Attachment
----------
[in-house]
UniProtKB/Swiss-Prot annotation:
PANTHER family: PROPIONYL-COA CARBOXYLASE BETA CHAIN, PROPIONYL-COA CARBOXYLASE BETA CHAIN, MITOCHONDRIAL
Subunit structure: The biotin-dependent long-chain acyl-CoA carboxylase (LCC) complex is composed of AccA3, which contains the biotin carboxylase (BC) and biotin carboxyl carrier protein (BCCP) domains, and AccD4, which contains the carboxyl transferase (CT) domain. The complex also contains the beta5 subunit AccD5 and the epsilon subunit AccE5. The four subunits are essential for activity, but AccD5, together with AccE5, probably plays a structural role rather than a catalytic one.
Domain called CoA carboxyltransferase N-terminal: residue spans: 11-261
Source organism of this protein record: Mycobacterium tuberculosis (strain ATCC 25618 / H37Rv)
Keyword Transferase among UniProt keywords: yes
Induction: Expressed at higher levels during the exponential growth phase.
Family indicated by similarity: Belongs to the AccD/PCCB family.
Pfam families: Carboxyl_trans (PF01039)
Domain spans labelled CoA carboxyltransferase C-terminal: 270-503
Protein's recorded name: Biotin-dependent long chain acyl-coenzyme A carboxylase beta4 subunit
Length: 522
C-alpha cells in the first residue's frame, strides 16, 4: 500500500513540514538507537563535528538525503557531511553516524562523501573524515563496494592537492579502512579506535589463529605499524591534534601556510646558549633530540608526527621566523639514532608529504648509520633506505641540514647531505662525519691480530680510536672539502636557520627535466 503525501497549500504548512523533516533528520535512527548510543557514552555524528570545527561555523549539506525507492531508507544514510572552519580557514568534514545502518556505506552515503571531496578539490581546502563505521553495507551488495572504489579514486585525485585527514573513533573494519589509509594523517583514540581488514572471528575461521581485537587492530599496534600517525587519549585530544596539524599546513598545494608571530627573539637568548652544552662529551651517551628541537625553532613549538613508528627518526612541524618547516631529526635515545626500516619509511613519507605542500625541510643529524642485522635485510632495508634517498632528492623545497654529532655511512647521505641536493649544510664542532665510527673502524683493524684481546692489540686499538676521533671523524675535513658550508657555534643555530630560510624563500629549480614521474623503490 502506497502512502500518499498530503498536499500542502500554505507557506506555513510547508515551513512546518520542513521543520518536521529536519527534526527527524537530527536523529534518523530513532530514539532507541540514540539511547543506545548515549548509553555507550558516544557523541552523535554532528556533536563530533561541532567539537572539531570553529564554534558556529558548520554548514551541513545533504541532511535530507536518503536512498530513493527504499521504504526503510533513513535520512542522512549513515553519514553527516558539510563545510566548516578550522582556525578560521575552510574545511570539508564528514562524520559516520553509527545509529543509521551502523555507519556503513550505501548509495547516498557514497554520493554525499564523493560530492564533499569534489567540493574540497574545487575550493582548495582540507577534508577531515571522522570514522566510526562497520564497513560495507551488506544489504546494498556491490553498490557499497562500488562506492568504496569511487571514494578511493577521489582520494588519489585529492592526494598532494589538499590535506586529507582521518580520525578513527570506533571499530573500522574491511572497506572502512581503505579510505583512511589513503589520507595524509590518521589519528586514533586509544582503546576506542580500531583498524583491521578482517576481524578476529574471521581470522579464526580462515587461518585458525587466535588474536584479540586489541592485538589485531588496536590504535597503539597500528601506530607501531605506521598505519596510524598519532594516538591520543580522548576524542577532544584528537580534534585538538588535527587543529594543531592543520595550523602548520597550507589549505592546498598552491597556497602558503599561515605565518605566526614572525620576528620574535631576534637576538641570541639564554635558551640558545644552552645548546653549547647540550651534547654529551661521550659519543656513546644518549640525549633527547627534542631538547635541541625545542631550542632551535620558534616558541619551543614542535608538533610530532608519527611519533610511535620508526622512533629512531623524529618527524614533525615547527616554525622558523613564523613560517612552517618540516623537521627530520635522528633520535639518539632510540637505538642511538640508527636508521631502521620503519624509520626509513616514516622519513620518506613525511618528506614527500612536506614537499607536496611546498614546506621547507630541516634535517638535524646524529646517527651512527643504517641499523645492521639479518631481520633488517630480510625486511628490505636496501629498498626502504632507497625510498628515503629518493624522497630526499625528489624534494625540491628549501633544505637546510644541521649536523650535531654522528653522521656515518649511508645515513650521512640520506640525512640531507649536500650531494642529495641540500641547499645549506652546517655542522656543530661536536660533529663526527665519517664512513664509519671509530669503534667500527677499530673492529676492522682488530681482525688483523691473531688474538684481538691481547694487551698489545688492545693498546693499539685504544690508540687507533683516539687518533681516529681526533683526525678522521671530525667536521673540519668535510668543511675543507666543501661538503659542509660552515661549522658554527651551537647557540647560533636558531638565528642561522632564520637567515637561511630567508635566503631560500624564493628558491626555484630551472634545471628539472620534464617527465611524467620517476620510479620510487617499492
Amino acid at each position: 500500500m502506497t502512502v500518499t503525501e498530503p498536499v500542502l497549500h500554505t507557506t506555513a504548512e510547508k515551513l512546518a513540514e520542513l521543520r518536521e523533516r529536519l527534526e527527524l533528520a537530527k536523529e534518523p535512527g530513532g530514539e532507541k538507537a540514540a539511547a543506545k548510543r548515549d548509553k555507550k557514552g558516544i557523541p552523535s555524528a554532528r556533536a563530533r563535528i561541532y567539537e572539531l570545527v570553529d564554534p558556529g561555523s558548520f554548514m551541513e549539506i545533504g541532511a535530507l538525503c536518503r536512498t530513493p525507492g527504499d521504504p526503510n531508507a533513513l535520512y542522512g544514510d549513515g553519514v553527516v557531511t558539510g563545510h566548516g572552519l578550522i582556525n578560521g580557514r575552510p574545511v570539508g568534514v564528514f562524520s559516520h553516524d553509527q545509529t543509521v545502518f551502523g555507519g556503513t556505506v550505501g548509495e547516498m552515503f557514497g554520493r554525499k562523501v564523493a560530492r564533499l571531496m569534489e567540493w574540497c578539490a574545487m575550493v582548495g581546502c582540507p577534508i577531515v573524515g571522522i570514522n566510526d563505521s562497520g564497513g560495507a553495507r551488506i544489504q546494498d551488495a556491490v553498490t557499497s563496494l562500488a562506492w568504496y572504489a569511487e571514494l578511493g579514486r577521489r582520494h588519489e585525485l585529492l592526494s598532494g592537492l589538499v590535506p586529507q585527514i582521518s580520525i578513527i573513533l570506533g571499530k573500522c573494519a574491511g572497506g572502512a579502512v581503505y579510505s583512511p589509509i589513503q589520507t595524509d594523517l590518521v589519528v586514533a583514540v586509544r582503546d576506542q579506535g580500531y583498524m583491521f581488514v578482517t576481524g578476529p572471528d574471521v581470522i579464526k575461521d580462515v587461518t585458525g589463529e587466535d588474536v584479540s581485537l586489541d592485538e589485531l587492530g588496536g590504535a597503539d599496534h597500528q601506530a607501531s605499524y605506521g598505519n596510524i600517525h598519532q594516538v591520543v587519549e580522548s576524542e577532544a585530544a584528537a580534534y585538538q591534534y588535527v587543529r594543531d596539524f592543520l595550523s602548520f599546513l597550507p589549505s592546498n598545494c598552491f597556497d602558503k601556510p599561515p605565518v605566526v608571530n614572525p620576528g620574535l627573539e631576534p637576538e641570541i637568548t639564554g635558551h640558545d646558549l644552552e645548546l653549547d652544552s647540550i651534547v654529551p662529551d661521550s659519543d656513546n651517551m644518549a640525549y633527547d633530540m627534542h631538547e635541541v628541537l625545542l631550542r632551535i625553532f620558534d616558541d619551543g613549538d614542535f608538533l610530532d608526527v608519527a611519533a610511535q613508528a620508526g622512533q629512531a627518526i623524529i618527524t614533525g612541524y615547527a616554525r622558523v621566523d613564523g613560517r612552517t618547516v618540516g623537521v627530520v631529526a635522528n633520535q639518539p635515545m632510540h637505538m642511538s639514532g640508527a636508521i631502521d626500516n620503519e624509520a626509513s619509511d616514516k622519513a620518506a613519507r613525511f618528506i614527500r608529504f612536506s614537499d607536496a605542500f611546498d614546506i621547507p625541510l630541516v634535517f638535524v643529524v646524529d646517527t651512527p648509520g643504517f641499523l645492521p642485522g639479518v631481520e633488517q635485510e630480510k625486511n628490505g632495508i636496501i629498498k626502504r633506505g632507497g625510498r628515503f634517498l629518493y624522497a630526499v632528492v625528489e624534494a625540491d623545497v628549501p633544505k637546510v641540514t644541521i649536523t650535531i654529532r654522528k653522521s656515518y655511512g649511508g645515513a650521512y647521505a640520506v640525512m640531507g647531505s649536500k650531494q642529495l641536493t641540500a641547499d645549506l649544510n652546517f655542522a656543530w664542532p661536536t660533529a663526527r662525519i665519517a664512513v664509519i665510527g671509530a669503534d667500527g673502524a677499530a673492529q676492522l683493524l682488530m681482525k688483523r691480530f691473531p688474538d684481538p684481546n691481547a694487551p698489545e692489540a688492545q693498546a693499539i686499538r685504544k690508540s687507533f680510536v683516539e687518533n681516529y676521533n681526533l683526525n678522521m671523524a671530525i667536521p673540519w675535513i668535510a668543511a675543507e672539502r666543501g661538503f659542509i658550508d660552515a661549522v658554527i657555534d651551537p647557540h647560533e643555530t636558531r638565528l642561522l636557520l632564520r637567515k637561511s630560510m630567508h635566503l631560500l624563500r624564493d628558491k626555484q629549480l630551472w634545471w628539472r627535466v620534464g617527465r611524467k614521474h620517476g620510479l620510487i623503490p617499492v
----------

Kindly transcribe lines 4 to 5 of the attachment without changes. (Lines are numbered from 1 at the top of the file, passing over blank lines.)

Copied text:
Subunit structure: The biotin-dependent long-chain acyl-CoA carboxylase (LCC) complex is composed of AccA3, which contains the biotin carboxylase (BC) and biotin carboxyl carrier protein (BCCP) domains, and AccD4, which contains the carboxyl transferase (CT) domain. The complex also contains the beta5 subunit AccD5 and the epsilon subunit AccE5. The four subunits are essential for activity, but AccD5, together with AccE5, probably plays a structural role rather than a catalytic one.
Domain called CoA carboxyltransferase N-terminal: residue spans: 11-261